The Mixtape: Matiu Walters of Six60
This week on the Mixtape, Six60’s Matiu Walters joins Music101’s Charlotte Ryan to talk about the music he grew up with and where he finds his musical inspiration – and pick his favorite songs.
Six60 formed in Dunedin in 2008 and achieved huge success through hard work.
The group was in 2019 the first New Zealand group to sell Western Springs and in 2021 became the first band to play Eden Park to a sold-out crowd of 50,000. They even had a hit documentary about their rise, Six60: Until the lights go out.
They just released their fourth studio album, Castle Streettheir first in three years.
Matiu says it’s a hectic time with their new tour.
“We’re really busy right now, we’re taking care of this, but it’s time for the album to come out, so how else would you rather have it?”
Castle Street is named after the Dunedin apartment location where the band got their start.
“We’re pretty confident that this is the best album we’ve ever made,” Matiu said. “I think we’ve gotten to a point where we’re really strong together.”
This is largely due to the band being stuck in the US for eight months during the Covid-19 shutdowns.
“We went there, which was supposed to be two weeks to play a few festivals.”
“We were immersed in this Airbnb together, living on top of each other, writing music in living rooms and kitchens like it was Six60 Castle Street.”
“I really think we’ve done a good job of getting that energy back, but also finding that balance between the raw and the product, the hi-fi and the lo-fi, the grand and the intimate.”
“This album is everything… yeah, this album is.”
Six60 took a wide range of influences to make Castle Streetand Matiu cites everything from Dexys Midnight Runners’ 80s pop hit “Come On Eileen” to the work of Sting and Nick Cave.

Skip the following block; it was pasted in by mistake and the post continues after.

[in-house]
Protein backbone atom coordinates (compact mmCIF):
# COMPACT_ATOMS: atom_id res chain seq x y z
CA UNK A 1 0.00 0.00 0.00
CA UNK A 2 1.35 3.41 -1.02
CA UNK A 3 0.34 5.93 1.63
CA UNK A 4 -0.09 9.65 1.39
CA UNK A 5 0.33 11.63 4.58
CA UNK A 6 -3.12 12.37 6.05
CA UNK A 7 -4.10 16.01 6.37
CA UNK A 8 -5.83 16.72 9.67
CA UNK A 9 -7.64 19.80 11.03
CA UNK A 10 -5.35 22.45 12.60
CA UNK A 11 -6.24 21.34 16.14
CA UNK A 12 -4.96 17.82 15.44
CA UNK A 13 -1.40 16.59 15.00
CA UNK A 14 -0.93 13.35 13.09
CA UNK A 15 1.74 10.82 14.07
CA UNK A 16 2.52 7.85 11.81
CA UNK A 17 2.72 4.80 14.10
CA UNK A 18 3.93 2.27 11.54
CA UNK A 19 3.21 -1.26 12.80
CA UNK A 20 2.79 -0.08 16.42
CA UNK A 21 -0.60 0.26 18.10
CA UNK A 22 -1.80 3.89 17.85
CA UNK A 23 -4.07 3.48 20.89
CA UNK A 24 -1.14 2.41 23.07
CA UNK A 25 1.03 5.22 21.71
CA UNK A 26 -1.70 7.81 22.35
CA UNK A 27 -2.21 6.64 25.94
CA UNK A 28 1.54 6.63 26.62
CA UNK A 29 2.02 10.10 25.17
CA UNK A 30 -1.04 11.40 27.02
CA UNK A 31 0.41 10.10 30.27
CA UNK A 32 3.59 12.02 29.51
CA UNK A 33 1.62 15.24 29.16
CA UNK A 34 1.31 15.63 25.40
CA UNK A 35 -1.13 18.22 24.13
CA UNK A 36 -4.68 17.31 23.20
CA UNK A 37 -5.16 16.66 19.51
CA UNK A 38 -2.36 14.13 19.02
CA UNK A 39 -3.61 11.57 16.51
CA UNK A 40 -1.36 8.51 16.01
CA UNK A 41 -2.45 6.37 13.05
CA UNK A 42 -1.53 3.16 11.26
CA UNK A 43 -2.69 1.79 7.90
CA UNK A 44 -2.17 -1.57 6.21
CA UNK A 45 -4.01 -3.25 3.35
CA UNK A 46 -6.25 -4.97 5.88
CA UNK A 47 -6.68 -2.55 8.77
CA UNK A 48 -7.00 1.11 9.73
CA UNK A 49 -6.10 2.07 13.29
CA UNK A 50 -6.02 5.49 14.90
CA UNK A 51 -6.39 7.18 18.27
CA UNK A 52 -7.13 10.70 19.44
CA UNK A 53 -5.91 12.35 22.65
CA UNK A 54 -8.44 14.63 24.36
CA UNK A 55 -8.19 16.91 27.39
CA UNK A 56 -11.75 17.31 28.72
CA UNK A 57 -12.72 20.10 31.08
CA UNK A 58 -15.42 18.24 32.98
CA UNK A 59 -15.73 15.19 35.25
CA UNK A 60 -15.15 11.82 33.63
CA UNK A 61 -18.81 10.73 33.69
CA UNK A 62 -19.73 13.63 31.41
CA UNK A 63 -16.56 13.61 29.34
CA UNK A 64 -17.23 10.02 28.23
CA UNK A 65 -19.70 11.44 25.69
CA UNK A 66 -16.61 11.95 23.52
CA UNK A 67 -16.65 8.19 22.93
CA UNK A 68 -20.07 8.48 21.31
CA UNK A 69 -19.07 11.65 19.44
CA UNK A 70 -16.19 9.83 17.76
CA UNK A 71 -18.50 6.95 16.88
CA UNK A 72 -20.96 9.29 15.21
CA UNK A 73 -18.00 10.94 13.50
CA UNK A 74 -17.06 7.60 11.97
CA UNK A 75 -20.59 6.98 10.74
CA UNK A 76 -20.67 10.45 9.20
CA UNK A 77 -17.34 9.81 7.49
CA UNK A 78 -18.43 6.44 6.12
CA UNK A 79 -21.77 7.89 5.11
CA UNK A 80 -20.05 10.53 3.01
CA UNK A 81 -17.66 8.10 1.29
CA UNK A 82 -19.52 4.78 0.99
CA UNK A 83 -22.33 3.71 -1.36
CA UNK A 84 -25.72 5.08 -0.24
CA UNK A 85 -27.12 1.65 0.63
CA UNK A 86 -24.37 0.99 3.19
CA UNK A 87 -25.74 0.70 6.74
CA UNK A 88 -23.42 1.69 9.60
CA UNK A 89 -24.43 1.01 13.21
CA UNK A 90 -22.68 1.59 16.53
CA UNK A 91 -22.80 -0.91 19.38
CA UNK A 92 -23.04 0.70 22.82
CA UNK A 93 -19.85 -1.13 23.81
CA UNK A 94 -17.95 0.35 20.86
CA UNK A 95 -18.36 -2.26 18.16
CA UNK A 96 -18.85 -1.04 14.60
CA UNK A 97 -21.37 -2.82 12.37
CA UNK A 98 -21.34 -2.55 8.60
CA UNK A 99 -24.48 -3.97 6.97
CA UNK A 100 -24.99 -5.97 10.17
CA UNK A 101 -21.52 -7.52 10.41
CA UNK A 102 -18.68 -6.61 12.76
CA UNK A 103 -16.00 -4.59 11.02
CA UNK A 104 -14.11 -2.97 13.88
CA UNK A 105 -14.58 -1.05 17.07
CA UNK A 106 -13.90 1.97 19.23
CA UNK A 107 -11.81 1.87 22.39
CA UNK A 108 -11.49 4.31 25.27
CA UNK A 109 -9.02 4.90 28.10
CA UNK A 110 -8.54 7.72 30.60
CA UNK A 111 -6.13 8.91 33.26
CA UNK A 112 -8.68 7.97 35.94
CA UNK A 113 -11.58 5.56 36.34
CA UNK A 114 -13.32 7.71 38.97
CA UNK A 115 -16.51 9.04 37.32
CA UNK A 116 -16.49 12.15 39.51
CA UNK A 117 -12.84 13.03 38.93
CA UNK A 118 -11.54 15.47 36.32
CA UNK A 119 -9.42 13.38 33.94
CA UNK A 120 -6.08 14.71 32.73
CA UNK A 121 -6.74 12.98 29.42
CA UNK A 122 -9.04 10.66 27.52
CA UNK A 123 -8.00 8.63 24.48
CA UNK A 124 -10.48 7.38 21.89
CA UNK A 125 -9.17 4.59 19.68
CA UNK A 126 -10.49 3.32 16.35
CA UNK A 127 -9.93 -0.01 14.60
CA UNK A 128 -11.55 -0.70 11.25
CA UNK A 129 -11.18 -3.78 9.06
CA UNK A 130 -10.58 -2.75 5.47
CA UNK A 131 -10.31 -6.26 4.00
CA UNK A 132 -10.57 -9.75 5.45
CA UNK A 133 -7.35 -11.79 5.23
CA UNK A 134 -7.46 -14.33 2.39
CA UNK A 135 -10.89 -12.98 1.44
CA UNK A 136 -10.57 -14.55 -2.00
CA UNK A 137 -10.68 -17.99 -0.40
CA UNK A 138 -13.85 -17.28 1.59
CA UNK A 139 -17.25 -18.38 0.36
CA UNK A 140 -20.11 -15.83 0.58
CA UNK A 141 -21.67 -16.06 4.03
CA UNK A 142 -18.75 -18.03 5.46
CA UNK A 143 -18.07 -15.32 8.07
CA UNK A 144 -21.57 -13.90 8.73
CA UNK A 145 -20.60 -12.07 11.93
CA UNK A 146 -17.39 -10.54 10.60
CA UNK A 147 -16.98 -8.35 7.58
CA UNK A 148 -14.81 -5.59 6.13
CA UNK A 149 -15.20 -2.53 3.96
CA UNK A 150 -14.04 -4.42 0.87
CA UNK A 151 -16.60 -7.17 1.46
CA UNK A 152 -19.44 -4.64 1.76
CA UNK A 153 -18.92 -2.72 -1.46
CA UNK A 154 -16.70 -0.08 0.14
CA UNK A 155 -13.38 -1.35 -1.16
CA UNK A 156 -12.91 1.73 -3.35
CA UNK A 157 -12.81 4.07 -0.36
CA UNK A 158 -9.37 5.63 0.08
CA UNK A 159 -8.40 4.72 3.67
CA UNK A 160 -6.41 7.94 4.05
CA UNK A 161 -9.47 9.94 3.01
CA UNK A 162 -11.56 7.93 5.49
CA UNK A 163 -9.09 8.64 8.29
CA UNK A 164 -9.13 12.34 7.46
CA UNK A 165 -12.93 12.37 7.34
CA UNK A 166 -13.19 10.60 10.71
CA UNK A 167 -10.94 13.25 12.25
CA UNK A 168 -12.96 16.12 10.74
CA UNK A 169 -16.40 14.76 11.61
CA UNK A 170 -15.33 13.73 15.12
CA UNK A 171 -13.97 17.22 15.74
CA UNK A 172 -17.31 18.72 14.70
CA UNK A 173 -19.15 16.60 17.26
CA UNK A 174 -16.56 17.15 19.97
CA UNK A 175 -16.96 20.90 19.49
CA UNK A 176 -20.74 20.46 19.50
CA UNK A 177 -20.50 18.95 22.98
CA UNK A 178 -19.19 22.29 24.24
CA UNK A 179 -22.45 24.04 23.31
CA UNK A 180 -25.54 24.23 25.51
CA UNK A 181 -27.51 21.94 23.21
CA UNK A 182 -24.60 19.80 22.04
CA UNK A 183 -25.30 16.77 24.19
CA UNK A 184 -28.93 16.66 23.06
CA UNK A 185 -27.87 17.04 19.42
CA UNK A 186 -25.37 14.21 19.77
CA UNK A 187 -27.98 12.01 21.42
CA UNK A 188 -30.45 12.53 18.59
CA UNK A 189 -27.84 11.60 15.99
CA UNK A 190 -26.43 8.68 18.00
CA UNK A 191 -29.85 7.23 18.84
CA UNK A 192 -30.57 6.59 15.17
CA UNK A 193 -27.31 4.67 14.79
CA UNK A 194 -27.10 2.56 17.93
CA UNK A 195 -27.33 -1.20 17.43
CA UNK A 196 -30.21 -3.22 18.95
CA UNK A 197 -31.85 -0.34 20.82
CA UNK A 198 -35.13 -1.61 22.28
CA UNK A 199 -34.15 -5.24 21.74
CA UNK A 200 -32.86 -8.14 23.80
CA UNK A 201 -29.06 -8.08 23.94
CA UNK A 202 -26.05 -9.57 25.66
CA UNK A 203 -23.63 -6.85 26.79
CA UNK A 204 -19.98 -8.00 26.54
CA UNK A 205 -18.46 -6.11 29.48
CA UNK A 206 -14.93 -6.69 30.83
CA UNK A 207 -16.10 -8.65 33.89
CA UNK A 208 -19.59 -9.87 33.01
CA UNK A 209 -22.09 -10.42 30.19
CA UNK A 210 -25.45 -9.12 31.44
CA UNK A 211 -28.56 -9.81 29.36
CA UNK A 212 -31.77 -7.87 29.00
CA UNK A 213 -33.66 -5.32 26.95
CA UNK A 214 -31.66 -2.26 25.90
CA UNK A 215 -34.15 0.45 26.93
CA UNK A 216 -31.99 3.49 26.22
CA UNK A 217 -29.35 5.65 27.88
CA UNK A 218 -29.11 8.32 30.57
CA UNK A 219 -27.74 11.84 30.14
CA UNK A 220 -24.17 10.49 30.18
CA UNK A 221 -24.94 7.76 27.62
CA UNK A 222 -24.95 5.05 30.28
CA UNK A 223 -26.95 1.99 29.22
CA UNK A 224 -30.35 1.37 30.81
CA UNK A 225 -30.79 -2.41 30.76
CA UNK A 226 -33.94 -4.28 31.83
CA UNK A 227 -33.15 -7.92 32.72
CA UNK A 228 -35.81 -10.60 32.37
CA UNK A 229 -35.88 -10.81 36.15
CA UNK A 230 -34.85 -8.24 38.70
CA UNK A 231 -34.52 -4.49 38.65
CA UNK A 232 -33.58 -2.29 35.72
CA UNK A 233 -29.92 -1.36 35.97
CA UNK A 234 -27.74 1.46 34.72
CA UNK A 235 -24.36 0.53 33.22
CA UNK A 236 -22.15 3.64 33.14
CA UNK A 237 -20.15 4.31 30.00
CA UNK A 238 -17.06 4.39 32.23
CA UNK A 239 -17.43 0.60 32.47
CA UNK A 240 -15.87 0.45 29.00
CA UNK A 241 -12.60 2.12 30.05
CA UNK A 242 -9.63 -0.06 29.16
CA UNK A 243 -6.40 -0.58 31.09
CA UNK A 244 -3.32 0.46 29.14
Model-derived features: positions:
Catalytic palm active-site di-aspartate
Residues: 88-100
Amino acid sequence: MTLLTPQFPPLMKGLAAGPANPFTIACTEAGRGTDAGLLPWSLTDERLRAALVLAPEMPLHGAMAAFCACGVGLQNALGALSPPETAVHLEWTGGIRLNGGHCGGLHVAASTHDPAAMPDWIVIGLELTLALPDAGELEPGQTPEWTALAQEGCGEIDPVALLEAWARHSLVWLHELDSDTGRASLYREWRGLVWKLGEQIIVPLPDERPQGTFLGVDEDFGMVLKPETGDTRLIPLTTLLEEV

“Not necessarily the songs they wrote, but their approach to music, I guess, is a big influence.”
One of Matiu’s good friends is an acclaimed sculptor and artist Michael Parekowhaiwhich has become a sounding board for ideas.
“I’ve always leaned on him, every album cycle we go into, I usually start with a conversation with him.
“We talk about what’s important and what’s not and where in the creative cycle I might be.
“He always told me, you know, ‘the job is to say the most with the least.’
“That’s what good art is and good music is too.”
The songs Matiu chose for the Mixtape are a diverse mix, and he credits his mother for sparking his love for a good melody.
“My mum was such a big part of my falling in love with music. At a young age she would take me to concerts…she really formed my love for music.”
Six60 started out as underdogs and underdogs in the music industry, and although they’ve grown much bigger, they want to open their world up to other musicians.
Supporting bands on their tour include Tones and I, Lime Cordiale, Supergroove, Drax Project, Ladi6, Rob Ruha and Ka Hao, Page, Coterie, Mitch James, Kora, Niko Walters, Sons Of Zion, Lee Matthews, Riiki Reid, Kaylee Bell and Hine.